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4 Responses to For Martin O’Neill, Fourth Place Finish Is Bigger Prize Than Winning a Trophy

  1. AtlantaPompey says:

    Finishing 17th in the Premier League is more important than winning either the FA Cup or the League Cup. It's worth more money, plain and simple. Give the FA Cup winner the spot in the Champions League that is reserved for the 3rd place team and give the League Cup winner the spot for the the 4th place team. Do that, and the big clubs will take it so seriously that they would field weakened teams for the league rather than a cup competition. No amount of money would change the mindset of the big clubs on this competition. It has to be Champions League spots.

    The Premier League for some of the clubs has become a qualification round for the Champions League. The Cups are meaningless to ManU/Chelsea/Liverpool/Arsenal. Going to the UEFA Cup/Europa Cup would be a huge disappointment.

  2. Thomas says:

    Money talks my friends.

    Since no one outside of Everton has finnished top 4 in recent memory, I hope Villa pull it off.

    Obviously the lure of Champions League Football is more important than winning the FA Cup or the UEFA Cup.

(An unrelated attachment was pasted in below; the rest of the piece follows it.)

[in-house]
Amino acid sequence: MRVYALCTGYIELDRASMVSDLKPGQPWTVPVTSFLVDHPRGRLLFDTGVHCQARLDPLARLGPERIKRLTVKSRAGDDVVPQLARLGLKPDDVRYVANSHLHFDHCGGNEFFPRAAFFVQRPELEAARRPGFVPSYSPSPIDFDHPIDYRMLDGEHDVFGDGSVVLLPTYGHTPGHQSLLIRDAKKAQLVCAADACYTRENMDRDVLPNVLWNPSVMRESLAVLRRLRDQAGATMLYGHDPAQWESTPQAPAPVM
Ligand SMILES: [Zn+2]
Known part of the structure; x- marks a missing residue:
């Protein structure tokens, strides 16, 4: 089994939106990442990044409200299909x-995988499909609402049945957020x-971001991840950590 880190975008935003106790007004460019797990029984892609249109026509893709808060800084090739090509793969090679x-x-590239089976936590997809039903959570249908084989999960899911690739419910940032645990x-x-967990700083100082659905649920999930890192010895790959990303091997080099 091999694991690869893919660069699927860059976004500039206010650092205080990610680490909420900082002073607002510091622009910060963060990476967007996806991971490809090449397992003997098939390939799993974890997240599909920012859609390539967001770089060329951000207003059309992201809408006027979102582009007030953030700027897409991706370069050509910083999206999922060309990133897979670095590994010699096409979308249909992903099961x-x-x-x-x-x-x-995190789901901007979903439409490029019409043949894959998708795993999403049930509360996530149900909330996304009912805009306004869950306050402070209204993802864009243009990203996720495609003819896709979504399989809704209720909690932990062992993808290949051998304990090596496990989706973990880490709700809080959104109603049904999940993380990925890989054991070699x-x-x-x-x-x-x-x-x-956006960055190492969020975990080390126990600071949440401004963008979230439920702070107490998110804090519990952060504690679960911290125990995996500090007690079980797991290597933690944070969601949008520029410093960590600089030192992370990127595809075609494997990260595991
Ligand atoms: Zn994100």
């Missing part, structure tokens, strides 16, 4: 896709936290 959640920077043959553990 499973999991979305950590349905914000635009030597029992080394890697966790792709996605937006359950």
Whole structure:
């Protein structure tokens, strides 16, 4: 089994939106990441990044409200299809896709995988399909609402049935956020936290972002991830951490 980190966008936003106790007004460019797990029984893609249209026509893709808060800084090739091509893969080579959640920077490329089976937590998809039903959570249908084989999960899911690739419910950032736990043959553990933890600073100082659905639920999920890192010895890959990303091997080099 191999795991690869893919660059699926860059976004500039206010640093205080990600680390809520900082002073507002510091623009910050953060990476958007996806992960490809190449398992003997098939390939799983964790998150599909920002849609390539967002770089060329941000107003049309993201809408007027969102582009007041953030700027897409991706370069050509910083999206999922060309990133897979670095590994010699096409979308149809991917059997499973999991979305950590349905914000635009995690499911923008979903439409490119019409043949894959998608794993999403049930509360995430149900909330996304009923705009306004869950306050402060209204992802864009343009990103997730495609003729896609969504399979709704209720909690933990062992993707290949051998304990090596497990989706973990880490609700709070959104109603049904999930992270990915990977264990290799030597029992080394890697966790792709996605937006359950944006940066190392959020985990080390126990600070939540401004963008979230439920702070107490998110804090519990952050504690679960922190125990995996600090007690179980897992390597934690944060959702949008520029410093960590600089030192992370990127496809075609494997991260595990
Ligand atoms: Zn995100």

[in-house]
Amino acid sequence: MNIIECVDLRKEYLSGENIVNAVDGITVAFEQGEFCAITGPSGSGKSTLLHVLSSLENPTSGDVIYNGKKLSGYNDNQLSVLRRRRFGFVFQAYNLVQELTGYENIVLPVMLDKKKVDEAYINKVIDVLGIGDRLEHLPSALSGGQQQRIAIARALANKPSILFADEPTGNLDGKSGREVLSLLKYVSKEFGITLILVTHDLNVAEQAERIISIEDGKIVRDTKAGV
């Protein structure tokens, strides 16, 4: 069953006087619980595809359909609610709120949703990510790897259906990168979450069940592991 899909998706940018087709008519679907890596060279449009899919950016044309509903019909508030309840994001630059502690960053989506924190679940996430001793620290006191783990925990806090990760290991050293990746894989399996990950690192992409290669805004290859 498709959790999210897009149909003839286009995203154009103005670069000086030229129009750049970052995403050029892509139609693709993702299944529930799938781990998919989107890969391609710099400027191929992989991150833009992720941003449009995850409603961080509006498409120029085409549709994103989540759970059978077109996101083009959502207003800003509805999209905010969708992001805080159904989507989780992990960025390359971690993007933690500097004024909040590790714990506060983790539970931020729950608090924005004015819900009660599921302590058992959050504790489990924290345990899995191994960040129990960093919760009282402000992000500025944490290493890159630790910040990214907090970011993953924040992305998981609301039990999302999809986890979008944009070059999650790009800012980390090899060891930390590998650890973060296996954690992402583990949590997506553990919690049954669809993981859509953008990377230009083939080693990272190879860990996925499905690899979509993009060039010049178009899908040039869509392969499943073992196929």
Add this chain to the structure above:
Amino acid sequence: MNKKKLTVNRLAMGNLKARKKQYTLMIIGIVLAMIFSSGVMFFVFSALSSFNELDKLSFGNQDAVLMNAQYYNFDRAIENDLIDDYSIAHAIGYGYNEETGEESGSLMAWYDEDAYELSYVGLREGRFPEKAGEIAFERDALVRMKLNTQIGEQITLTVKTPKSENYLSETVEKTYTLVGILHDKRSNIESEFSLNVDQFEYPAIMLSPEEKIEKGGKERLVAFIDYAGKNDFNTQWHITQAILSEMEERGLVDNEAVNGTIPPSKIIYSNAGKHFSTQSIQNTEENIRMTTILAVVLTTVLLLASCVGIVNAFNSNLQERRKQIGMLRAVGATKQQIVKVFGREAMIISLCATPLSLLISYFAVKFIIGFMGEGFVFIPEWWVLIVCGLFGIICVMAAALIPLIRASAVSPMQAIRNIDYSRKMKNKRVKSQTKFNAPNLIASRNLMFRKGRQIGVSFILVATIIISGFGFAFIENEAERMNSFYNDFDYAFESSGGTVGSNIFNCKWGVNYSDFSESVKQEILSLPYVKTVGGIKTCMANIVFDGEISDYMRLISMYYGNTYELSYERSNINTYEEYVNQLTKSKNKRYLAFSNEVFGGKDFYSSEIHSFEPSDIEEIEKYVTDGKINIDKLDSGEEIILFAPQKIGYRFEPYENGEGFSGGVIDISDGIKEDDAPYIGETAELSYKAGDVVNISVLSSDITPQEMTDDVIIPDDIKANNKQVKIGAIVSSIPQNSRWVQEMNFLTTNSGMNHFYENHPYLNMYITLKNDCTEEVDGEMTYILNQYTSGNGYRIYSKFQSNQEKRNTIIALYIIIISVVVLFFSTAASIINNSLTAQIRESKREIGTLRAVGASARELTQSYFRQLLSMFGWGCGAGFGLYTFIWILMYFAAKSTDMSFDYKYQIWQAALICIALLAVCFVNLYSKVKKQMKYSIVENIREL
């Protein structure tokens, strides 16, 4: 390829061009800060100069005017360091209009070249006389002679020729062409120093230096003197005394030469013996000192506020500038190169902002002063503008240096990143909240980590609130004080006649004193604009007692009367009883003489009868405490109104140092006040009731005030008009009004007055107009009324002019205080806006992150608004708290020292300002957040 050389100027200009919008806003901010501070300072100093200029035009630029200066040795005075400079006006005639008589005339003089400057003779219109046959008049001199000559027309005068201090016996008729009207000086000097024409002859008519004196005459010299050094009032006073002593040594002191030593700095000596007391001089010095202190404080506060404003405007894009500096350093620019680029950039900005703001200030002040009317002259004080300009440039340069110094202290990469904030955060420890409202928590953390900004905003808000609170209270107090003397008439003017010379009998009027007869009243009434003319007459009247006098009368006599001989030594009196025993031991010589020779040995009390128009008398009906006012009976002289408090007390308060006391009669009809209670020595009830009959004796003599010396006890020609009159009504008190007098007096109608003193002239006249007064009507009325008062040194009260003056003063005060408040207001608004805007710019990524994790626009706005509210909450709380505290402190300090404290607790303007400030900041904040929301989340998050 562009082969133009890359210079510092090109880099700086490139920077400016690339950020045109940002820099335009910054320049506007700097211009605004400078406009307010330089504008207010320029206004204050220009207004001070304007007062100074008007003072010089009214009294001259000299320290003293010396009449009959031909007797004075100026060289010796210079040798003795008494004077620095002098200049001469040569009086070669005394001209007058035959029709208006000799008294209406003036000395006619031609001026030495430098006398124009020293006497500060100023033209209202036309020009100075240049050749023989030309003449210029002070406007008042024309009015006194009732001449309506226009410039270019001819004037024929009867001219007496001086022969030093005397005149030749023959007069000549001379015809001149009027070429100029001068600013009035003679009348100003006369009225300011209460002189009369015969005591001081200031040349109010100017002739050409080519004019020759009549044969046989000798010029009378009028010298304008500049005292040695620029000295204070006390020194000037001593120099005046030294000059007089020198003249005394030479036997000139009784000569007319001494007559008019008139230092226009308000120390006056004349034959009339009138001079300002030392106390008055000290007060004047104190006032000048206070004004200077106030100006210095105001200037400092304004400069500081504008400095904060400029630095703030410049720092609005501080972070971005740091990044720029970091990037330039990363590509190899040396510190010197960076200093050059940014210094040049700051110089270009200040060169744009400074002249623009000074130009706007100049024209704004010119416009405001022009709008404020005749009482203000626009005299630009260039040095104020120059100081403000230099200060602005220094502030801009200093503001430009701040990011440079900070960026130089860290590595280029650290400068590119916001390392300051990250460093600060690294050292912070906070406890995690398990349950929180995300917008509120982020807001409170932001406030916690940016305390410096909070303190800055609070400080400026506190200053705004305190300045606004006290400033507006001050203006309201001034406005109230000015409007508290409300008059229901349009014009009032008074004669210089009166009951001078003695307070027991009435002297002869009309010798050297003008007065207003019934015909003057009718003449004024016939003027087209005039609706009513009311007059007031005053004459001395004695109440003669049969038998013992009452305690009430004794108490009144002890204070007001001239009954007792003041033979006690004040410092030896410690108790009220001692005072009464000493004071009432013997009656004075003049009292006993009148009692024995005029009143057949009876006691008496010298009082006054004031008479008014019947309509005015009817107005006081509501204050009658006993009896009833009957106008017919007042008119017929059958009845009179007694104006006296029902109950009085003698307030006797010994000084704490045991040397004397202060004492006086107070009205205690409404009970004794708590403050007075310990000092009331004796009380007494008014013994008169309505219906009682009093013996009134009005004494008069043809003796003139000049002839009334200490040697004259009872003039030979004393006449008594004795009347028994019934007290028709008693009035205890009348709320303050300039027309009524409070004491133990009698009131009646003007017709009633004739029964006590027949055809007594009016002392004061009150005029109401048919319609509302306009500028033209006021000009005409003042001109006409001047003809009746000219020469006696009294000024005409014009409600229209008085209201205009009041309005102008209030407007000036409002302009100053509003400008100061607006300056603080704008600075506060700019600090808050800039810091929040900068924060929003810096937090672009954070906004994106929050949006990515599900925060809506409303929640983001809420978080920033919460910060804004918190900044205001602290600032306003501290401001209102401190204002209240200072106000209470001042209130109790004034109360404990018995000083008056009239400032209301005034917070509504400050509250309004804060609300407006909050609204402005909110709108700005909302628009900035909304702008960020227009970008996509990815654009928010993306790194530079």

Money aside, look at what O'Neill could do with summer signings. City, with all the money in the world wasn't able to sign Kaka. Do you really think that it has as little to do with money as he makes it out to be? No, he doesn't want to play in a relegation struggle. If City were sitting in Villa's shoes, I think Kaka would have jumped ship.

    And going back to the transfer saga of Gareth Barry…if Villa can assure their players Champions League football, what's the incentive to jump to one of the other top 4 sides. This is especially pressing with some of the young talents that O'Neill has at Villa…ie Gabby and Ashley Young.

  3. peachy says:

    I think Thomas is spot on. Getting into the CL spots isn't just significant financially, it also provides access to the top tier of players in the transfer market. You can build a top four team without a big-name star, by developing your own talent, swiping potential starlets from other teams, and raising the game of second or third-tier players with good coaching… but that's definitely the hard way of doing things. Of course, it may also be the only way to break the monopoly.

  4. Thomas says:

    Unless you have an influx of money, like Man City, it's going to be difficult to succeed if you do not build with a plan. Villa have done just that.

    Initially people scoffed at the fee that O'Neill paid for Ashley Young. Now that 10mill is looking like quite a good piece of business. Especially considering City just paid 14mill for Bellamy. And who in their right mind would take Bellamy over Young at this point?

    Gabby and Barry, two huge parts of the team are homegrown (Barry essentially).

    Swapping Baros for Carew was a great move.

    And you can't really argue with picking up players like Sidwell and Reo-Coker. O'Neill is slowly building a deep squad that will be able to challenge domestically and in Europe.

    If Villa can qualify for the CL, I think that they might be able to add some serious impact players at LB.